Critiquing Government policies is easy; finding positive solutions is more difficult. Yet positive solutions to Australian asylum seeker issues have been recommended by the United Nations High Commissioner for Refugees (UNHCR) for years, centring on regional collaboration. The Bali Process, as it is called, gathers leaders and experts from the region in order to address irregular movements between countries, with the aim of stopping people smuggling and protecting displaced people.
Regional collaboration, steered by the UNHCR, is holistic and comprehensive, encompassing ‘both legal and safe passage issues while also recognizing the root causes of irregular migration.’
Collaboration is essential: the Bali process acknowledges that pathways to refugee status are very limited in the Asia-Pacific. (Statistical forecasts suggest that at current rates of resettlement, placing those people presently fleeing persecution would take five hundred years! The Government’s mantra that asylum seekers should ‘wait their turn’ and pursue ‘regular pathways’ to settlement, ignores our shared responsibility to provide such pathways.)
Genuine collaboration between nations in order to provide reliable and consistent access to processing and settlement, has the potential to both ‘stop the boats’ and care for those fleeing persecution.
Rudd’s new policy has been criticised by the UNHCR as it erodes the integrity of regional collaboration. It also nullifies Australia’s own authority as a potential voice of reason and compassion in the Asia-Pacific. Rudd’s policy is a step backwards not only nationally, but regionally.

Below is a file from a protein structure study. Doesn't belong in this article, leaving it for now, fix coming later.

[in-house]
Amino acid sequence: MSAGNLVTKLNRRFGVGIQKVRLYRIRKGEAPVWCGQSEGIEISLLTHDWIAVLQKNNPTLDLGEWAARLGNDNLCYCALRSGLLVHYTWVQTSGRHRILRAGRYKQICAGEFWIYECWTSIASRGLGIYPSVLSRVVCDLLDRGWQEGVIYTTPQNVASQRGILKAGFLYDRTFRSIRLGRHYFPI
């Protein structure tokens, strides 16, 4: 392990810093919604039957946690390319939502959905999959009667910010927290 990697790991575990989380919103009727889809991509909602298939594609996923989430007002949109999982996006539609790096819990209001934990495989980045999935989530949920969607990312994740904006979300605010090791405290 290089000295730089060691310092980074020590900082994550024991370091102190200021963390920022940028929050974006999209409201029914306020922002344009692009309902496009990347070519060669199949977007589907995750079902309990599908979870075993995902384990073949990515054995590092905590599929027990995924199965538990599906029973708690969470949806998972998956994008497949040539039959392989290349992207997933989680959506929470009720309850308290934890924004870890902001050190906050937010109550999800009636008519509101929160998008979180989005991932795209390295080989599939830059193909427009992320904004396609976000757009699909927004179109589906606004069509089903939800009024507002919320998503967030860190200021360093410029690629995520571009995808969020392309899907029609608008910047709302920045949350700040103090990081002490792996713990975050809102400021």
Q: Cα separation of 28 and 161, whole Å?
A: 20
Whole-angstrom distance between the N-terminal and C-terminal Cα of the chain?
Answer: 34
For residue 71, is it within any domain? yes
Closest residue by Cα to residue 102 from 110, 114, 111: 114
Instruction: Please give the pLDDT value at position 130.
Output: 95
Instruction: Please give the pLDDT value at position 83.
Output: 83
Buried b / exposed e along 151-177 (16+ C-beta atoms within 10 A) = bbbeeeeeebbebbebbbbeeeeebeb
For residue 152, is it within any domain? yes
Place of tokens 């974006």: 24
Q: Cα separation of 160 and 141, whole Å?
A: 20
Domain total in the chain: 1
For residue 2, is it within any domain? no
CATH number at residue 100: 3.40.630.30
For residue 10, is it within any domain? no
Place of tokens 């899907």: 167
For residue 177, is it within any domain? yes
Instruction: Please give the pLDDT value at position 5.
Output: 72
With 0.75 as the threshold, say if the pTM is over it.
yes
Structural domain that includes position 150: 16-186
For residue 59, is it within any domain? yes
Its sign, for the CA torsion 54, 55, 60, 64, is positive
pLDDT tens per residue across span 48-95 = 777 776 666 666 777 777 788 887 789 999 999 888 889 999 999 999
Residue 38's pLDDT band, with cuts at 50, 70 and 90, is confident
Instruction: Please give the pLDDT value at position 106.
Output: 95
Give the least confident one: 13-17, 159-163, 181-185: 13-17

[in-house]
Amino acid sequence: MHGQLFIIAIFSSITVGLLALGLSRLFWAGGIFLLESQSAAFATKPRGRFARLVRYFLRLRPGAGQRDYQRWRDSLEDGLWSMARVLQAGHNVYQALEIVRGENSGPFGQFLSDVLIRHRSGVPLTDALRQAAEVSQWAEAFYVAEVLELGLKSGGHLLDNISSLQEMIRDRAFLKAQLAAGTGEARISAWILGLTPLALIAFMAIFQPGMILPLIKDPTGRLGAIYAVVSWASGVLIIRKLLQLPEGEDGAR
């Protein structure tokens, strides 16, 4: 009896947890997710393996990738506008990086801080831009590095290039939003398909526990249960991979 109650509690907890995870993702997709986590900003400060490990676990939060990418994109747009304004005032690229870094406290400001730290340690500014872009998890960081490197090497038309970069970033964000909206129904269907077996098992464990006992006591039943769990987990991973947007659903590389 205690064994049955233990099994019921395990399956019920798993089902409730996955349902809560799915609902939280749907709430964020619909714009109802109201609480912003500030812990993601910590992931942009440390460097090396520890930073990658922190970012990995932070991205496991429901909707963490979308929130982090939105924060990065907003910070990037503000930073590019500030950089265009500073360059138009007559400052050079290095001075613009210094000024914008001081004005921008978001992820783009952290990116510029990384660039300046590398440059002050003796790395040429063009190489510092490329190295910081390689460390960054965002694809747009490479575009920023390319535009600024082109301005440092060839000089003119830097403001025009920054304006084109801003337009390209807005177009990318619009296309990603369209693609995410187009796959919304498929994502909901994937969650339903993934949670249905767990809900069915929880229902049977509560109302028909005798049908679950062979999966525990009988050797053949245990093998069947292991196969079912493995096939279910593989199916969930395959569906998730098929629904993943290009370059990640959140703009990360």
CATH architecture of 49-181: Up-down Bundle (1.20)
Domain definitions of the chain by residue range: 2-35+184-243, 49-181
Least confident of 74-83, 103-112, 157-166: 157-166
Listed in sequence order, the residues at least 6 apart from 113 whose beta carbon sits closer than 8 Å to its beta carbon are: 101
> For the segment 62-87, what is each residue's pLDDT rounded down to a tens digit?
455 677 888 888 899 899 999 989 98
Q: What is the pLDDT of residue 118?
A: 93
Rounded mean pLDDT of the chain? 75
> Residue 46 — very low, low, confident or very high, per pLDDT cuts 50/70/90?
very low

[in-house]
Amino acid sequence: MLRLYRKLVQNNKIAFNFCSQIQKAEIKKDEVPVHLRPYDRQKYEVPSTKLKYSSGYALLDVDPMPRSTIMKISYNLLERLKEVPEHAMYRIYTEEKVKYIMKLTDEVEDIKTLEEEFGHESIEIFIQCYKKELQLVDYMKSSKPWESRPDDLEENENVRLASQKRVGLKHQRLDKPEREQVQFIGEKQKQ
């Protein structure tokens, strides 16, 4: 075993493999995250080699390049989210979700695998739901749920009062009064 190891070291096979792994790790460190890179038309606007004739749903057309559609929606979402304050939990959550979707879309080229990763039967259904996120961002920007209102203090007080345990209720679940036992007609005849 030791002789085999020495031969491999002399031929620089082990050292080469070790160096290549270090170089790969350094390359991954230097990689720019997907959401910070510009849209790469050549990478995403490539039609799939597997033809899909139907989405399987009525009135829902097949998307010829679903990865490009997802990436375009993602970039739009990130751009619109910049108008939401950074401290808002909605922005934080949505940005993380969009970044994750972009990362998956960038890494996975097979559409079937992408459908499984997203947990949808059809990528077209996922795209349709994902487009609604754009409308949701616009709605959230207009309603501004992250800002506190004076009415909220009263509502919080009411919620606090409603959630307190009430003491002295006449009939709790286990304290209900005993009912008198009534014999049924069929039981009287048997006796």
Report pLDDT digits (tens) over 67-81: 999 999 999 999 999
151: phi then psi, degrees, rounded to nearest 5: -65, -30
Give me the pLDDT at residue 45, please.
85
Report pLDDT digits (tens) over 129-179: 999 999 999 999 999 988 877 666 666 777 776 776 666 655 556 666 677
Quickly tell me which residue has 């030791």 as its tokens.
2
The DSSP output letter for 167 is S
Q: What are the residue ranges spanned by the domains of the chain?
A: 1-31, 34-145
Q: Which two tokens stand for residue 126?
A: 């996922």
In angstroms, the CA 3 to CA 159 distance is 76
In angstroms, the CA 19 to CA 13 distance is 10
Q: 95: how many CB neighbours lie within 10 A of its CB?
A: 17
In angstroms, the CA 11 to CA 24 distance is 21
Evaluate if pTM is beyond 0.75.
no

Worse, to our nation’s shame, the Australian Government has chosen to disregard hard won international agreement for the protection of refugees, represented in the Refugee Convention of 1951. Thanks to Rudd’s policy, the Refugee Convention has less authority than it had a few weeks ago—this is tragic. With this erosion of humanitarian authority for ethical action we are sinking in the mire of national self-interest and the mud slinging of petty politics—Australia is experiencing an absence of moral leadership.
Here is policy suggestion, consistent with both international Conventions and a biblical ethic of welcome: prioritise regional collaboration, as the UNHCR suggests, dealing with organized criminal networks and enhancing protection and reliable processing for asylum seekers. Meanwhile maritime arrivals to Australia are treated with dignity and respect, living within the community as their claims are processed. And Australia should heed the UNHCR’s recommendation for greater collaboration in order to minimize deaths at sea.
Biblical ethics call for a new idealism in Australian politics: for citizens and leaders who dream bravely toward policies that lead to the flourishing of all (idealism, visible in the leadership of the likes of Lincoln or Mandela, is glaringly absent in current debate).
And it calls for a new idealism among the people of God: if witness to Christ in Australia is to be authentically biblical and if it is to be heeded by compassionate Australians, then the church must carefully attend to biblical ethics regarding the stranger and both advocate for, and model, the radical welcome of Christ.
[This blog is a portion of an article forthcoming in Eternity Newspaper.]
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Blogs and articles in this series (Australian asylum seeker policy, Aug-Sept, 2013):
Laws of Inclusion and Strategies of Exclusion: New Australian Asylum Seeker Policy Under the Scrutiny of Deuteronomy, published with CASE magazine.
Loving the Stranger, published with the Centre for Public Christianity.
The PNG solution and Biblical Ethics, published with Eternity Newspaper.